6. Foreign Transaction Fee
A foreign transaction fee is a fee you pay when you use your rewards credit card outside the United States. You will already be losing some purchasing power due to the exchange rate differential. Avoid having to pay an international transaction fee as well.
I suggest you sign up for one of the best credit cards with no foreign transaction fees before flying abroad if you don’t have one.
Cards like the Capital One Venture Rewards Card are fantastic for traveling abroad. The Venture Rewards Card has no foreign transaction fees. You also get 50,000 sign up bonus miles, equivalent to $500, after you spend $3,000 within three months. And you can earn 2x miles fast on every purchase.
Here is my review of the best international travel credit cards. I’ve been to over 60 countries so far and always use an international travel credit card when I’m abroad.
7. Over-the-Limit Fee
This is a rare fee thanks to increasing legislation that prevents this fee from happening. But it might still occur.
If you opt in to the ability to exceed your credit limit, you may be charged a fee for doing so. The law states that you must opt in before you can exceed your credit limit, so be aware of what you’re agreeing to before choosing this option.
Nobody should ever opt in to exceed your credit limit. Instead, you should ask your credit card company to raise your credit limit before exceeding it. But you’ve got to know thyself and how much you can really spend before doing so. Always be aware of your credit limit and how much remaining you have each month.
8. Late Payment Fee
This one is a common fee for those of you who do not set automatic payments. I’ve paid this fee many times before because I simply forgot or was traveling for work.
A late payment fee is charged to your account when you fail to make your minimum monthly payment on time. This fee is typically capped at your minimum payment level. Most late payment fees I see are around $20.
Based on my experience of owning and analyzing credit cards for over 25 years, if you incur a late payment fee, you can use a “get out of jail for free card” by calling them up and asking for forgiveness. The credit card companies will generally drop the fee once a year.
Just be careful not to be late more than once a year because it will negatively affect your credit score.
9. Returned Payment Fee
The final credit card fee to be aware of is the returned payment fee. A returned payment fee will occur if your monthly payment is not accepted for insufficient funds. It’s like bouncing a check and having to pay a fee for bouncing it.
If this happens, make sure you aren’t charged both a returned payment fee and a late payment fee. A returned payment fee can also be forgiven if you are in good standings and call in to ask for the fee to be removed.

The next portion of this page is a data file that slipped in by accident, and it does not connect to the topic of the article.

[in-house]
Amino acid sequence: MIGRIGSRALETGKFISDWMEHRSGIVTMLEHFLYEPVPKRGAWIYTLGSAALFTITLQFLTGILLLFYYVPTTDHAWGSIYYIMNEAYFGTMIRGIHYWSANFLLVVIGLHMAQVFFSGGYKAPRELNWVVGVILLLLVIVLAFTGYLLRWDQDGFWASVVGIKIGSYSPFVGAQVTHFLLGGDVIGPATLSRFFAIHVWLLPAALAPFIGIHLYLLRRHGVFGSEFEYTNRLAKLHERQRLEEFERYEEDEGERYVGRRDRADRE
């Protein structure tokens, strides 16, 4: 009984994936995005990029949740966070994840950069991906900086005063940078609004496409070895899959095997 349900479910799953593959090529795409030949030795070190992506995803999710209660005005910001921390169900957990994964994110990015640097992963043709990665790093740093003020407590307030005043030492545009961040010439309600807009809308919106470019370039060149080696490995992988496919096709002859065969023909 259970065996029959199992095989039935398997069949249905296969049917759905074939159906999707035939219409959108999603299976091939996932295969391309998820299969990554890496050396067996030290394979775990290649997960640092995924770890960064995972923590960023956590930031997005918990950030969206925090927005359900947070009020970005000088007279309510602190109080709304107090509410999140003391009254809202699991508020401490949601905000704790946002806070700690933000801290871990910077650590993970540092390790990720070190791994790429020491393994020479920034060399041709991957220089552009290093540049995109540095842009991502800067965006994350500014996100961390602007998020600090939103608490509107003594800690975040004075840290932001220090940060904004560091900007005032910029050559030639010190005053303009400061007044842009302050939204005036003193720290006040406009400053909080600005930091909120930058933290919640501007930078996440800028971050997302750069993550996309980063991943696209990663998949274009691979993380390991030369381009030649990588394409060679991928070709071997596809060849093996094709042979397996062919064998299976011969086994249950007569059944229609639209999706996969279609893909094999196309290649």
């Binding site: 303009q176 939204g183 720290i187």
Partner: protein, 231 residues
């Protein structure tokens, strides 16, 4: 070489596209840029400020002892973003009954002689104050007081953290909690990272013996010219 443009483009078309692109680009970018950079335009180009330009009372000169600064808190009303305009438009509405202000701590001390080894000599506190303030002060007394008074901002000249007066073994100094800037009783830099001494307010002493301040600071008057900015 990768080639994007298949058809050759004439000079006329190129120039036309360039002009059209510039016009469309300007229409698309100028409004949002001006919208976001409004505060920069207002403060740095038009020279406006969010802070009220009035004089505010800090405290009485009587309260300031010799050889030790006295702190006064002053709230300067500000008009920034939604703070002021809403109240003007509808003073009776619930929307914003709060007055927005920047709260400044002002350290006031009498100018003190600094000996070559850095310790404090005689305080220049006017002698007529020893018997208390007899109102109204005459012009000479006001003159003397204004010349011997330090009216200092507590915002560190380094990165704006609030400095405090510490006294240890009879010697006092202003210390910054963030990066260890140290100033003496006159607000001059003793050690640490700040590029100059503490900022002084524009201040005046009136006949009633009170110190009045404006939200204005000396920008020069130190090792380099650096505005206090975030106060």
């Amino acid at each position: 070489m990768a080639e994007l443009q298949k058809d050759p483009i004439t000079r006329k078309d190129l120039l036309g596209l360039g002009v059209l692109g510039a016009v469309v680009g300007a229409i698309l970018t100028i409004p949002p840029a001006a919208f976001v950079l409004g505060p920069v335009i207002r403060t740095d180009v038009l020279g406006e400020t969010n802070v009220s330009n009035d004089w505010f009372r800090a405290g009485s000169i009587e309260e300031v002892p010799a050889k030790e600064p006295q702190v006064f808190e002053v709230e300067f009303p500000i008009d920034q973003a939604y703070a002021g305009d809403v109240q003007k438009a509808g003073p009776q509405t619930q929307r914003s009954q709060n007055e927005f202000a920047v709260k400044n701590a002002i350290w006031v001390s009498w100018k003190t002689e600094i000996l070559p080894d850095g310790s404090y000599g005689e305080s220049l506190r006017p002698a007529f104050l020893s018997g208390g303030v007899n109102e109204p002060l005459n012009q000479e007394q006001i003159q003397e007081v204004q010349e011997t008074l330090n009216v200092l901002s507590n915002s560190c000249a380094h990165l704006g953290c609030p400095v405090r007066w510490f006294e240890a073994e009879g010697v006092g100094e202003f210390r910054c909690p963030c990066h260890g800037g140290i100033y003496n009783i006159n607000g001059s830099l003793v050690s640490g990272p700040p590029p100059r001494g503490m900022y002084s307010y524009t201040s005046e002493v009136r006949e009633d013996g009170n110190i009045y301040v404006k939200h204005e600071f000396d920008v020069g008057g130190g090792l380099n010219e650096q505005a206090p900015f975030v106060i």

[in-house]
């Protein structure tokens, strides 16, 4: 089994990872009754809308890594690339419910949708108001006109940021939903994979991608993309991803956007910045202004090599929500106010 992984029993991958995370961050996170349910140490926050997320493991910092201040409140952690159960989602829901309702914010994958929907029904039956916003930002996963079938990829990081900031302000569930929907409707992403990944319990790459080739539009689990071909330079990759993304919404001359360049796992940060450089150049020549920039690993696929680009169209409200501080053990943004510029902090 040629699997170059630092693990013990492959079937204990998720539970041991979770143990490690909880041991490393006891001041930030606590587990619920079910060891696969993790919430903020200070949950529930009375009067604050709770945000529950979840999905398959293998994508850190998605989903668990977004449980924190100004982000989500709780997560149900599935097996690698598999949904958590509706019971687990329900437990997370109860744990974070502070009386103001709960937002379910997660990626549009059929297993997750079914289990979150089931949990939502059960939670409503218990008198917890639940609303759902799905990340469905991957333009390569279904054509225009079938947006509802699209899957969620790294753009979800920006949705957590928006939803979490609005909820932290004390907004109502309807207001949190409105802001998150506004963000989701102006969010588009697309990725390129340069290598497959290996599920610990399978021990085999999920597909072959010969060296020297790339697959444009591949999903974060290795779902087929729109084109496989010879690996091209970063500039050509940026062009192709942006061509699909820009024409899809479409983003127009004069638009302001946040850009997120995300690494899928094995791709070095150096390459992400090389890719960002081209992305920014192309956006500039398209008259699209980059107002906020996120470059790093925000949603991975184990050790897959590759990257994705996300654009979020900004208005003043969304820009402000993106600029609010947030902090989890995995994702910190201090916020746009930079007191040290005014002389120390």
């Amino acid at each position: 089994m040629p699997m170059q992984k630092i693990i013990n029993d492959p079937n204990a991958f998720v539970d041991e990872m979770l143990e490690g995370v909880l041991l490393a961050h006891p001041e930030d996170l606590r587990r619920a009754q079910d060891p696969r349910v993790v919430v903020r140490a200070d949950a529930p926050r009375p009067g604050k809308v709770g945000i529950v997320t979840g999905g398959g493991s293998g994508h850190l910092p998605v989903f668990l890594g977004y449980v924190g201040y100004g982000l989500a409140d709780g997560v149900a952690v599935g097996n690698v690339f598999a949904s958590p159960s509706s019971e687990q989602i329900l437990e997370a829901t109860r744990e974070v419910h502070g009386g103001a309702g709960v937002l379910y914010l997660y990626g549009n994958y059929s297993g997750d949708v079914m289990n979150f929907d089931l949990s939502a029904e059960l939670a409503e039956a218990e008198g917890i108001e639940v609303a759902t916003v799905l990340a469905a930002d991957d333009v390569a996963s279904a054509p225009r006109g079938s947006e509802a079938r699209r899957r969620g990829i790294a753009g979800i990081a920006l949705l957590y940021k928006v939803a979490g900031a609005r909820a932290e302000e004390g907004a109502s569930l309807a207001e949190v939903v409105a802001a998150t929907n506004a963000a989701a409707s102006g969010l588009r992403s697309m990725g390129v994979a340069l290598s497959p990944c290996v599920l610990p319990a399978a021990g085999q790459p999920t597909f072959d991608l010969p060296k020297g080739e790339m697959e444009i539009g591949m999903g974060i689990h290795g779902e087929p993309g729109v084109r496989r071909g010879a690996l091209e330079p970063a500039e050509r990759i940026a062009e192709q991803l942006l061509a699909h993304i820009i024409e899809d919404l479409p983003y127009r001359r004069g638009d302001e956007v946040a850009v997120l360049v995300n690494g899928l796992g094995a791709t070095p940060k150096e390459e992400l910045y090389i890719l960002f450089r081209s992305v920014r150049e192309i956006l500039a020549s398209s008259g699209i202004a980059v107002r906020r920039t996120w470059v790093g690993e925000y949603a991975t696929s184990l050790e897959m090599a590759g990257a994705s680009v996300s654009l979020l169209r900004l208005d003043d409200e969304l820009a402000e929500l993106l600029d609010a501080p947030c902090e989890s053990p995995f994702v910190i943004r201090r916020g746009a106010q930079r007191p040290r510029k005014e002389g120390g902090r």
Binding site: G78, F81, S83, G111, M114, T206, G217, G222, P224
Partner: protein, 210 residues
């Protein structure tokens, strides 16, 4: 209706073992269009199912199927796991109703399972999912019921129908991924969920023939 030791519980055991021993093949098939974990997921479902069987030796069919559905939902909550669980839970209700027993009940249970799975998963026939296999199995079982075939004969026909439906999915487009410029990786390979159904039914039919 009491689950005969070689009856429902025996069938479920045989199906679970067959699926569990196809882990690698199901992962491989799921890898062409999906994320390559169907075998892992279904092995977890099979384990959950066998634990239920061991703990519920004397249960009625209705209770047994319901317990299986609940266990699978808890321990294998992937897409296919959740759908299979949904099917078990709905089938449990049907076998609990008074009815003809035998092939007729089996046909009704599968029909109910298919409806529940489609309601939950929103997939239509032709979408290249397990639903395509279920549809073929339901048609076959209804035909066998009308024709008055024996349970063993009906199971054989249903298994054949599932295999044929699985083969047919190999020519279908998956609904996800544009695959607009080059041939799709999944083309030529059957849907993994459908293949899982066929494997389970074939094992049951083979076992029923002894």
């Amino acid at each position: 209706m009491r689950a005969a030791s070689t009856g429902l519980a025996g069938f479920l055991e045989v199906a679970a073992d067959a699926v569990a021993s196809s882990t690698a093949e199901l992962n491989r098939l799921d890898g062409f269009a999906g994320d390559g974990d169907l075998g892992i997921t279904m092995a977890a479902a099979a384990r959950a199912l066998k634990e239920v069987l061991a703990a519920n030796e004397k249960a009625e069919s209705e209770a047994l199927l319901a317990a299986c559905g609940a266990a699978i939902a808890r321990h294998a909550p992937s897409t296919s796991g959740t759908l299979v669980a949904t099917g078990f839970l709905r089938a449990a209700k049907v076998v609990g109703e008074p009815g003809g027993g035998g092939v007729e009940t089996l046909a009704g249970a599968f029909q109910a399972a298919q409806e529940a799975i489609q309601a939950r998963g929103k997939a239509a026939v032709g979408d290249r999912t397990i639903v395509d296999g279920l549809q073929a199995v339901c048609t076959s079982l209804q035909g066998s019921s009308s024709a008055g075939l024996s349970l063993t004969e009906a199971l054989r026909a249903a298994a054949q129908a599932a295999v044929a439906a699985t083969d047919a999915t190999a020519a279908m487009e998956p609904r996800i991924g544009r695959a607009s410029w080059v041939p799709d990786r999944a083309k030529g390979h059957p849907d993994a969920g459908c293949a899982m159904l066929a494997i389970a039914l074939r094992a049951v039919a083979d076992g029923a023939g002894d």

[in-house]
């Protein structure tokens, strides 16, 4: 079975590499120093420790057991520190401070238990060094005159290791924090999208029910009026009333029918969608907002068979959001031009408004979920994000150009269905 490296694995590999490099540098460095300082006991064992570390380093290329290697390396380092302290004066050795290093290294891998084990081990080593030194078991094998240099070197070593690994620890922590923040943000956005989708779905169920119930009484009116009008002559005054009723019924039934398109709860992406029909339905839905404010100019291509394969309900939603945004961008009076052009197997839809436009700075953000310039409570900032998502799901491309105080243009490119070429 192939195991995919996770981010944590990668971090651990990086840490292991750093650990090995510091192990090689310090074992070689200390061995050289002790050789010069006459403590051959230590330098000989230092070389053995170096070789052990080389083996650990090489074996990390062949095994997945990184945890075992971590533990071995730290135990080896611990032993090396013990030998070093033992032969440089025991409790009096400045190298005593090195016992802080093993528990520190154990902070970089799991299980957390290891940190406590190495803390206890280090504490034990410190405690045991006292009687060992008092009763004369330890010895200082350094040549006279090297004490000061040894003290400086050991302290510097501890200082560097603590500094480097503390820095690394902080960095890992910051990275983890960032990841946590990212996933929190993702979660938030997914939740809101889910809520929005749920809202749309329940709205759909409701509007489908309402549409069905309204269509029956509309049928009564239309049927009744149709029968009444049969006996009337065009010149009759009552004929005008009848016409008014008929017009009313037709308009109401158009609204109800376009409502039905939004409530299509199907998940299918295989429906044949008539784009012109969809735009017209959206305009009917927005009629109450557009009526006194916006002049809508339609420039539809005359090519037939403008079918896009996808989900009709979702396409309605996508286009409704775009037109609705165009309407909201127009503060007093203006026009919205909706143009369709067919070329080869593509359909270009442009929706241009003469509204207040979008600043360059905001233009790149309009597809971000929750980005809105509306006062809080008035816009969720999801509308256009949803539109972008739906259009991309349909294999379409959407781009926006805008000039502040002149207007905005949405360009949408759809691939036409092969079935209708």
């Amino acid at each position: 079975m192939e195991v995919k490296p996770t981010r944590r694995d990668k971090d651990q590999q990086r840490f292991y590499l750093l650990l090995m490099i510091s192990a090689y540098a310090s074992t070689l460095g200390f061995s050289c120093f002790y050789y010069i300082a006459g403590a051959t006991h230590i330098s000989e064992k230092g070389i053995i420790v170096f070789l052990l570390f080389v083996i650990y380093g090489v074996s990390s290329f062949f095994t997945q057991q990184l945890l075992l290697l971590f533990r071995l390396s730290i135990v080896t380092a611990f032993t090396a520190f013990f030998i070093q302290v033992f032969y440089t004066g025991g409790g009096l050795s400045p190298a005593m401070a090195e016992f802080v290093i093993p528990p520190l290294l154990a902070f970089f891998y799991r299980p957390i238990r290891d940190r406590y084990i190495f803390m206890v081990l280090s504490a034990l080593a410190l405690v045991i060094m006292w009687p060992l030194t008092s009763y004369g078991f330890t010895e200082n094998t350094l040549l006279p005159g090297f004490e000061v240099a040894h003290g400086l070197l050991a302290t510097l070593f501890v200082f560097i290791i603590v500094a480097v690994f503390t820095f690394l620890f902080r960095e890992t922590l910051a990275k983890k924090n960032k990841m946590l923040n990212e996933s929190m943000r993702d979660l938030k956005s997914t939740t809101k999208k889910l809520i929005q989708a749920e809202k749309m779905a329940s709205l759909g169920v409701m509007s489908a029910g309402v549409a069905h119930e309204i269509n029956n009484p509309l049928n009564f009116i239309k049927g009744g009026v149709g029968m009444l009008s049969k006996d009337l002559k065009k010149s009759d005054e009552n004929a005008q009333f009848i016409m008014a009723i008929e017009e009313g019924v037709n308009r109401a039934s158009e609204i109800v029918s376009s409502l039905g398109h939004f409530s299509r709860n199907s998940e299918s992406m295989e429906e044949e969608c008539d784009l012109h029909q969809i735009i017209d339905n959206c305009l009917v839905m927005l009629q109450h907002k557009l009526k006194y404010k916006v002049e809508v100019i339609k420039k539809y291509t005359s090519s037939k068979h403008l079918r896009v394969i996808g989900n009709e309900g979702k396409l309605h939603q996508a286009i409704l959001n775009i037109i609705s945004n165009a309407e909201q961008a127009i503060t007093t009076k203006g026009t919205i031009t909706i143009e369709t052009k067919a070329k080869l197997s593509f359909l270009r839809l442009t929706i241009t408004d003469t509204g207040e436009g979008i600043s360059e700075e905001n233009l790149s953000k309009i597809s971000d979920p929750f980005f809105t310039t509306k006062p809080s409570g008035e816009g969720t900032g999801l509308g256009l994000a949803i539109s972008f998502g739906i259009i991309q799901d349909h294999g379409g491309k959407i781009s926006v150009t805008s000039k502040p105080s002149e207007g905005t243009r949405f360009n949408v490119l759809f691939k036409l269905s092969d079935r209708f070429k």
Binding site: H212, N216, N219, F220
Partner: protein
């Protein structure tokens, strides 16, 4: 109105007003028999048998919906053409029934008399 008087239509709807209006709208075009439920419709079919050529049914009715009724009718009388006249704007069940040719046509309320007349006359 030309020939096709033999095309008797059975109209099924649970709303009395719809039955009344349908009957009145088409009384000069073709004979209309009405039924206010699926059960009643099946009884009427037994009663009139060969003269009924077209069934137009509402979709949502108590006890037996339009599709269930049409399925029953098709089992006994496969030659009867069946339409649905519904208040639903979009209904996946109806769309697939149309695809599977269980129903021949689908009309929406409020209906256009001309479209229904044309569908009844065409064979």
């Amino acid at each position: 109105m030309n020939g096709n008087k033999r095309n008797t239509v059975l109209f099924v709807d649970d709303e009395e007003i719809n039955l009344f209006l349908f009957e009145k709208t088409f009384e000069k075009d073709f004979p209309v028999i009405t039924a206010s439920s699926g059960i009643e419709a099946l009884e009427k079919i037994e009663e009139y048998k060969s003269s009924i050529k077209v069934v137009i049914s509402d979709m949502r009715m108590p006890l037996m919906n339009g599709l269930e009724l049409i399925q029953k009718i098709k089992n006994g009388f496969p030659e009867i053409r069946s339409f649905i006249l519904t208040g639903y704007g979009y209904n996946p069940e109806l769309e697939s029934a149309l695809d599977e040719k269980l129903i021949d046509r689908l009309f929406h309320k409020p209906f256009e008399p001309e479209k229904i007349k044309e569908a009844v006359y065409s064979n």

To avoid a returned payment fee, always keep a cushion in your checking account and keep tabs of when your monthly bills are due.
Avoid Credit Card Fees Please
Now that you know all the credit card fees, the only fee you should willingly pay is the annual fee because the credit card provides so much more value.
All other fees should be avoided simply by setting up an automatic payment system and spending within your means. Credit card companies are counting on a percentage of cardholders to be unorganized and undisciplined with their spending. As a Financial Samurai, you aren’t one of them!
Some people get into trouble when they sign up for too many cards to take advantage of the sign up bonuses. I’ve been there because who doesn’t love free money? Just make sure to keep track of all your cards and when payments are due. I won’t have more than 3 or 4 rewards credit cards open at the same time.
Take Advantage Of Rewards
Over the years, my family and I have gotten over $100,000 in rewards benefits from using our credit cards. It’s a great feeling to spend money on things you would have spent anyway and then get free money or bonus points.
For example, I’ve used points to fly for free to cool places like Hawaii and Europe. But we’ve also probably spent a little more than we should on some occasion, which is what we all need to be careful of doing.
These are my favorite personal credit cards:
- Chase Freedom Unlimited – No annual fee, 1.5% cash back on all purchases, $200 bonus after spending $500 on purchases within three months
- Capital One Quicksilver Rewards Credit Card – No annual fee, 0% on purchases for the first 15 months, plus a one-time $200 cash bonus if you spend $500 on purchases within the first 3 months, 1.5% cash back on all purchases
- The Chase Freedom Flex Rewards Credit Card – No annual fee, 5% cash back on revolving categories, $200 bonus after spending $500 on purchases within three months
These are my favorite business credit cards:
If have an LLC, S-Corp, C-Corp, or are simply a sole proprietor with no EIN, a business credit card is a must have.
- Chase Ink Business Unlimited – No annual fee, earn a $750 bonus after you spend just $7,500 on the card within the first three months after account opening, 1.5% cash back on all purchases
- Chase Ink Business Cash – No annual fee, also earn a $750 cash bonus when you spend $7,500 in the first 3 months. Earn 5% cash back on office supplies, internet/cable/phone each year ($25,000 combined limit), 2% cash back rewards on gas and restaurants each year ($25,000 combined limit), 1% on all other purchases, unlimited rewards.
Pay off Your Debt Faster
If you don’t have enough cash, getting a personal loan from Credible is a good place to start.
Personal loan rates have come down significantly in comparison to the average credit card interest rate. Thus, if you have expensive credit card debt, consider consolidating your debt into a lower interest-rate personal loan.
Credible has the most comprehensive marketplace for personal loans. Up to 11 lenders compete for your business to get you the best rate. Get real personal loan quotes in just two minutes after you fill out an application. Check out Credible today and see how much you could save.
For further suggestions on saving money and growing wealth, check out my Top Financial Products page.
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About the Author: Sam worked in investment banking for 13 years at GS and CS. He received his undergraduate degree in Economics from The College of William & Mary and got his MBA from UC Berkeley. In 2012, Sam was able to retire at the age of 34 largely due to his investments that now generate roughly $250,000 a year in passive income. He spends most of his time playing tennis, traveling for free with his credit card rewards points, and taking care of his family.
Financial Samurai was started in 2009 and is one of the most trusted personal finance sites on the web with over 1.5 million pageviews a month.